Unlike the president, the Louisiana governor didn't mention Iraq, Afghanistan, or al Qaeda at all.

No, but he did manage to sneak in a "Sept. 11, 2001" in there.

Any time someone in the GOP wants to give a speech, they should just play a recording of the last GOP person to make a speech -- it's all the same thing over and over again.

Cut taxes! Government spending bad! 9/11!

It's absurd at this point.

Obama's speech was spot on -- of all the issues we face, terrorism is vital, but not the #1 thing . Nor should it be.

Screw these idiots.

Posted by: Mark D on February 25, 2009 at 11:02 AM | PERMALINK

Doubtful echoed my thoughts.

So easy to guess what they would have said if foreign affairs took point:
"Hmph.... not taking this depression seriously is he? Prattled on about other parts of the globe 45 minutes before he noticed we have problems right here at home!"

As for military respect?
Does that mean he'll back the VA overhaul Obama's team plans to execute?

Posted by: toowearyforoutrage on February 25, 2009 at 11:17 AM | PERMALINK

>"Unlike the president, the Louisiana governor didn't mention Iraq, Afghanistan, or al Qaeda at all"

Um...er... That's different.

Posted by: Buford on February 25, 2009 at 11:20 AM | PERMALINK

I would have liked on what internationally needs to be done to arrest the financial collapse. Obama hasn't said it, but while we must rebuild we will not recover without other countries also doing their part.

Posted by: MNPundit on February 25, 2009 at 11:26 AM | PERMALINK

Plus, Obama's tie was very slightly askew at times!

And his flag pin wasn't nearly big enough.

Posted by: Allan Snyder on February 25, 2009 at 11:39 AM | PERMALINK

Hey, nice hat, too bad your pants look like you stole 'em off a hobo.
Hey, you bought nicer pants, too bad your ass is so fat.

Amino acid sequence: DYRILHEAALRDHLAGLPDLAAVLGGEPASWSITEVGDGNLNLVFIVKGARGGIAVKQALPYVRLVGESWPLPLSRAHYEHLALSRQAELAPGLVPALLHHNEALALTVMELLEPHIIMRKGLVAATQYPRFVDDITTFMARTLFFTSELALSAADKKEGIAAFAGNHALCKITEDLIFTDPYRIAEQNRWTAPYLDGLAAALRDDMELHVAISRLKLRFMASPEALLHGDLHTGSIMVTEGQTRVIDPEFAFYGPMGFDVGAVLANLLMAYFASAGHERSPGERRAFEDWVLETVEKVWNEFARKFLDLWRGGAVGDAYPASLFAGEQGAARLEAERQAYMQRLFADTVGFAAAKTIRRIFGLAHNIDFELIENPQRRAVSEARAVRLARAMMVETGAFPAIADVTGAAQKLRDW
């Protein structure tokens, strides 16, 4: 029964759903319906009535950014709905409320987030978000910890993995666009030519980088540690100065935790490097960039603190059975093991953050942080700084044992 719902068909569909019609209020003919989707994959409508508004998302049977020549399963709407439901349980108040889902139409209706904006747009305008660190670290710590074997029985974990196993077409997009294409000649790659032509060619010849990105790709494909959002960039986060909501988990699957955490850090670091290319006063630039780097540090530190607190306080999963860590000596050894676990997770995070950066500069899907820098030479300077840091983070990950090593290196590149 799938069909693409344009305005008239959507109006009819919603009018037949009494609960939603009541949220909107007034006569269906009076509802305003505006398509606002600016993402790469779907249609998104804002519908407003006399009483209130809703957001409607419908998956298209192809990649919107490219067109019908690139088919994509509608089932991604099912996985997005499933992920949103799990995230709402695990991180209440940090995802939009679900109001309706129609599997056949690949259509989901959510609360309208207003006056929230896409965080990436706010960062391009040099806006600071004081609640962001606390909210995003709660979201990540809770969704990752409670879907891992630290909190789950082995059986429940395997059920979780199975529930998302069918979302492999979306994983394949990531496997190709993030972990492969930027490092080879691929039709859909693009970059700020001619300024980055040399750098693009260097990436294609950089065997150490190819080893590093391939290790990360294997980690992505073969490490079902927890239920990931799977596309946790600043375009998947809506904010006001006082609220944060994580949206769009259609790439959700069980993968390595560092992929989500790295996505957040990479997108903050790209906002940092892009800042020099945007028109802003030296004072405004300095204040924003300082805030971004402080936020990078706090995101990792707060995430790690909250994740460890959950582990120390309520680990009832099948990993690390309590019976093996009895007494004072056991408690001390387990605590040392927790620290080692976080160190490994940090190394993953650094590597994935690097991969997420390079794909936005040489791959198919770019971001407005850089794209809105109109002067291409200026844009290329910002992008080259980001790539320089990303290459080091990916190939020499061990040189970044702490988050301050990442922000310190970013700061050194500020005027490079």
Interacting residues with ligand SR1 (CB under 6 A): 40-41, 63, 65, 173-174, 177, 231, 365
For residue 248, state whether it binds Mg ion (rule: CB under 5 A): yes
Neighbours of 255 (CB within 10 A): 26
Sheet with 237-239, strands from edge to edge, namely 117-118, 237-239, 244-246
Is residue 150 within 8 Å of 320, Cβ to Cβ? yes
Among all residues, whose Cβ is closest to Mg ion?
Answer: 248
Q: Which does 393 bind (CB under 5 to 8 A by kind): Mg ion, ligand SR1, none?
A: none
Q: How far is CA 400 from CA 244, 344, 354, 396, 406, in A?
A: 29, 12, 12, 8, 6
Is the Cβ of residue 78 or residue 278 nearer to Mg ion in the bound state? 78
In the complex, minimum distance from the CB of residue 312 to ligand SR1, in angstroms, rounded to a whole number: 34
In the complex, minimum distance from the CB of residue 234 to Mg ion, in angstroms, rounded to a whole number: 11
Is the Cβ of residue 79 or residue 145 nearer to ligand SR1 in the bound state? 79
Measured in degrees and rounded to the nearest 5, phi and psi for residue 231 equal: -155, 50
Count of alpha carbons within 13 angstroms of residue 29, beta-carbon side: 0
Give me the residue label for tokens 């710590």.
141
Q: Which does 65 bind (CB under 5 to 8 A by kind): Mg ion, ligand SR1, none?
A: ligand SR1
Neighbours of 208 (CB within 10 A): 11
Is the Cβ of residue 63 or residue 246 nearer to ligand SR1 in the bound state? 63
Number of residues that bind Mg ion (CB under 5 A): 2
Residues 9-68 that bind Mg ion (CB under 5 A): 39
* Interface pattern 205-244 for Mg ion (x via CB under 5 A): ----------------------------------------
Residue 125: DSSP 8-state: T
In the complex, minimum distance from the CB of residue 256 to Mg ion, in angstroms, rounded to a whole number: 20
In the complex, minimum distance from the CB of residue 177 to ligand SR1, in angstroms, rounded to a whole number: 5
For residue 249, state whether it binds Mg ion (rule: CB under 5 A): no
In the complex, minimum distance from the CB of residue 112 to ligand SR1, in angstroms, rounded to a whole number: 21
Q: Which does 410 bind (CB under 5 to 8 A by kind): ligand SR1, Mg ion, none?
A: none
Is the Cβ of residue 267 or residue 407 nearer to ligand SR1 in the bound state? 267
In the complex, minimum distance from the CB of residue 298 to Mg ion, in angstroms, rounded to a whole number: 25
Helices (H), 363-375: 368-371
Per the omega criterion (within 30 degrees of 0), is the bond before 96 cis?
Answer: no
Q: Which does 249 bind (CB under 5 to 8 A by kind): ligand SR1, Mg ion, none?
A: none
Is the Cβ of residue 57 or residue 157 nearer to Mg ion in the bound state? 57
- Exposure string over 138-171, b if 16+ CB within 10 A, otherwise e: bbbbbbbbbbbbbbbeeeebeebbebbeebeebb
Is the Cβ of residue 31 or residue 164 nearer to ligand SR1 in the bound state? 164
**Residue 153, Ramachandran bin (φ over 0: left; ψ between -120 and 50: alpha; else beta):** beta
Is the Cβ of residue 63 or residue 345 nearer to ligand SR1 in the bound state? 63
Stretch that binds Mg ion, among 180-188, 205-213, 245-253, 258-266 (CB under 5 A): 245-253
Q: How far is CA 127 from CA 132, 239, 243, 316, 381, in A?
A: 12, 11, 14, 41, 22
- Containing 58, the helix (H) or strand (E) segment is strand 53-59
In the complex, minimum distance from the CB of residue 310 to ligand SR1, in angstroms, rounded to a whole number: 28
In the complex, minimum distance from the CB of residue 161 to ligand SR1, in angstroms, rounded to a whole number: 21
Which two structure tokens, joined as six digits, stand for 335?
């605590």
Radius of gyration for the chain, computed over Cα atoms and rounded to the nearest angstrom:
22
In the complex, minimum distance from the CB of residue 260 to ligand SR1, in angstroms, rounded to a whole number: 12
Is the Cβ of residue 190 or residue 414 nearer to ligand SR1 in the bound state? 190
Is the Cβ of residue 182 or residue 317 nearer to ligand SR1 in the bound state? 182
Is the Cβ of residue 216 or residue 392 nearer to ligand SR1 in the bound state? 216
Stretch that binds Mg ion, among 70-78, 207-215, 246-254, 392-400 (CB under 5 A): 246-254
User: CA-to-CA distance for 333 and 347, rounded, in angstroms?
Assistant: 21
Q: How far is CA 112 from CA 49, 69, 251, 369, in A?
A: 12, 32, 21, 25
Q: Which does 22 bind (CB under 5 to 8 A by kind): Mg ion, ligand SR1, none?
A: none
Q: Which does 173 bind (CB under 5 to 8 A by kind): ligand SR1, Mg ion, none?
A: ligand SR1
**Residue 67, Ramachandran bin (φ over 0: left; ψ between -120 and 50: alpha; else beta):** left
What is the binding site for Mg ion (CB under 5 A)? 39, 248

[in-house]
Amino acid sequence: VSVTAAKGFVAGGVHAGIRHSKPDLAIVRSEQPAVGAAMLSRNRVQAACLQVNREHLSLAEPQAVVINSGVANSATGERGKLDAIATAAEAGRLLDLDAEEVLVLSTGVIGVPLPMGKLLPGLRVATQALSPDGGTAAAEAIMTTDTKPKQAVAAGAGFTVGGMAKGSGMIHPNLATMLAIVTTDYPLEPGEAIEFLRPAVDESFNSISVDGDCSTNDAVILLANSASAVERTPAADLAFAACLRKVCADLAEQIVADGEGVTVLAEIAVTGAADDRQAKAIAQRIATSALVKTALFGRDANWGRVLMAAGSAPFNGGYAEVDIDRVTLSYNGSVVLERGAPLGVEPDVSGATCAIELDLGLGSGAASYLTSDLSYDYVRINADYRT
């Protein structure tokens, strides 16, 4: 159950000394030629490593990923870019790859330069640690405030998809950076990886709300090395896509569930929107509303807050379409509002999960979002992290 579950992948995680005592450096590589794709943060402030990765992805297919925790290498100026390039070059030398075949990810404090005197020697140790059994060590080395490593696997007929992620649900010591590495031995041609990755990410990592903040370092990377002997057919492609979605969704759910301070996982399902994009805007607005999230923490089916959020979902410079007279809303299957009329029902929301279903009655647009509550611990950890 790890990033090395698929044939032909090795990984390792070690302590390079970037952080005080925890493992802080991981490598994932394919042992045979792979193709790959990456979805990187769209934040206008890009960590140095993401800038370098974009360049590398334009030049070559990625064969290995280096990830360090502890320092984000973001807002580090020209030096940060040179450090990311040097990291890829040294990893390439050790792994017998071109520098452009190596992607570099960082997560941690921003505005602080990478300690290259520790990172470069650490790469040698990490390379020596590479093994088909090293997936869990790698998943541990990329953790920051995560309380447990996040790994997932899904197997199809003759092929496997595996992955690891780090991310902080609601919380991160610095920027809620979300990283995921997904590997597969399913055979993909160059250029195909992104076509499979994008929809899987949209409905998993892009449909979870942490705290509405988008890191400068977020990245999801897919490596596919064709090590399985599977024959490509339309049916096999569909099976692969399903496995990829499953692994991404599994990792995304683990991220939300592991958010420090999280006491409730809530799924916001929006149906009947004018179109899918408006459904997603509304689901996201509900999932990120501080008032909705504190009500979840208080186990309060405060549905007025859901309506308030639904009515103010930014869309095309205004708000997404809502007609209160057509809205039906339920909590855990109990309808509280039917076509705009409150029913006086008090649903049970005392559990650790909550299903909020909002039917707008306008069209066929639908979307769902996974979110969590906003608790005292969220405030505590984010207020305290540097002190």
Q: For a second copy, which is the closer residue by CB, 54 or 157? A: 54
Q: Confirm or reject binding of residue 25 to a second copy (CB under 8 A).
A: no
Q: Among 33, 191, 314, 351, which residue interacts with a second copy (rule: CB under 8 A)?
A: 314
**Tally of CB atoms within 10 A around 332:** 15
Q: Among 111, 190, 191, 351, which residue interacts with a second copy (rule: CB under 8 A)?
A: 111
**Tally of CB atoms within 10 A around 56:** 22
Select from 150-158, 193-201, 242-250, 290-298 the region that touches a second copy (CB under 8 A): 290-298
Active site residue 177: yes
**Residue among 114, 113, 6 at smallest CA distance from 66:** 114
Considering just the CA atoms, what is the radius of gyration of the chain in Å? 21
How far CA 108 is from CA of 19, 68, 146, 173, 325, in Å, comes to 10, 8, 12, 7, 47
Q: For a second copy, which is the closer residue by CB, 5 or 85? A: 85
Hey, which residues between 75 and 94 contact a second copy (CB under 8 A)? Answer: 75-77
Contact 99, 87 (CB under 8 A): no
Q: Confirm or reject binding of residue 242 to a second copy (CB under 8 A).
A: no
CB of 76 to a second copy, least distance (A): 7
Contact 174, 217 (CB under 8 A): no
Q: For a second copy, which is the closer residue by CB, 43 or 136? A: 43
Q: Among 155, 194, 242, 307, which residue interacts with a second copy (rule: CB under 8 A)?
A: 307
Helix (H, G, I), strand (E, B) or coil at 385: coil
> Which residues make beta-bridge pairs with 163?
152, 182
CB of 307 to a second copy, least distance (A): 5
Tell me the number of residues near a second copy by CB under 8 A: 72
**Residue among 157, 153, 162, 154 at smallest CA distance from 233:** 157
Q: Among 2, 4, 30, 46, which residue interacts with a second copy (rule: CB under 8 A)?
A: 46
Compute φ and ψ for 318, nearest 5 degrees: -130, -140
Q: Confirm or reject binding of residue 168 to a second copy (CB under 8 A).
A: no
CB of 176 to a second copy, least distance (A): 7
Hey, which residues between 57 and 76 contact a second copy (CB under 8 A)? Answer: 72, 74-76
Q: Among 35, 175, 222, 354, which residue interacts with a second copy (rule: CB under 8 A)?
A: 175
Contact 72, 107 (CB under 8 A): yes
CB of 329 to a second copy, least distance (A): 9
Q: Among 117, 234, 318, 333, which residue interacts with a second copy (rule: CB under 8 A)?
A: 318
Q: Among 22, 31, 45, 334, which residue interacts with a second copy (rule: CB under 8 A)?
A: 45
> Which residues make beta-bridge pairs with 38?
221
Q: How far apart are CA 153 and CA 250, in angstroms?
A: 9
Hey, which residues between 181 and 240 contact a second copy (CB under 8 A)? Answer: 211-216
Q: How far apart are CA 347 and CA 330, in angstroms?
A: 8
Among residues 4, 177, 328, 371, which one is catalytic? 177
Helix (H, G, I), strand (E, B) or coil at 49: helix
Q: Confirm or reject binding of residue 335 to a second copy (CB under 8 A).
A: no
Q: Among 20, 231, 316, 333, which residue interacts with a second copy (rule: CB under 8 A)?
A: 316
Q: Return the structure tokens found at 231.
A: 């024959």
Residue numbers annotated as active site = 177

Hey, you lost weight, too bad your breath stinks.
Hey, you bought some mints, but I wouldn't have to worry about your breath at all if you only had something worthwhile to say.
Hey, you may have made some nice points in your speech but I was too busy noticing that RIDICULOUS hat to pay attention!

Rinse. Repeat.

Whatever a Democrat says or does, it's ALWAYS the wrong thing, IF you're a Republican.

Posted by: slappy magoo on February 25, 2009 at 11:40 AM | PERMALINK

If it's not War Porn, many Republicans can't handle it. And suddenly, a pre-9/11 mentality is what a significant majority of the American people want.

Posted by: Run Up The Score on February 25, 2009 at 11:50 AM | PERMALINK

No offense but to most Americans the economy is THE most pressing and personal issue. And to be honest, these people have OD'd on all of Bush use of the words terrorist, terrorism , etc. all the damn time.

Posted by: ET on February 25, 2009 at 12:34 PM | PERMALINK

Rep. John Culberson (R-Texas) used his Twitter feed last night to complain, "We are at war -- seems to me honoring our troops should come on page one rather than the end of the speech."

Seems to be Rep. John Culberson should support our nation's President in A Time of War. My god, if al Qaeda read Culberson's Twitter feed imagine how emboldened they'd be!

Posted by: Stefan on February 25, 2009 at 1:01 PM | PERMALINK

As Run Up and ET suggest, I'm betting that no matter how riled up the Beltway folk are, the general public will actually poll well on the fact that it was primarily domestic.

Posted by: zeitgeist on February 25, 2009 at 2:05 PM | PERMALINK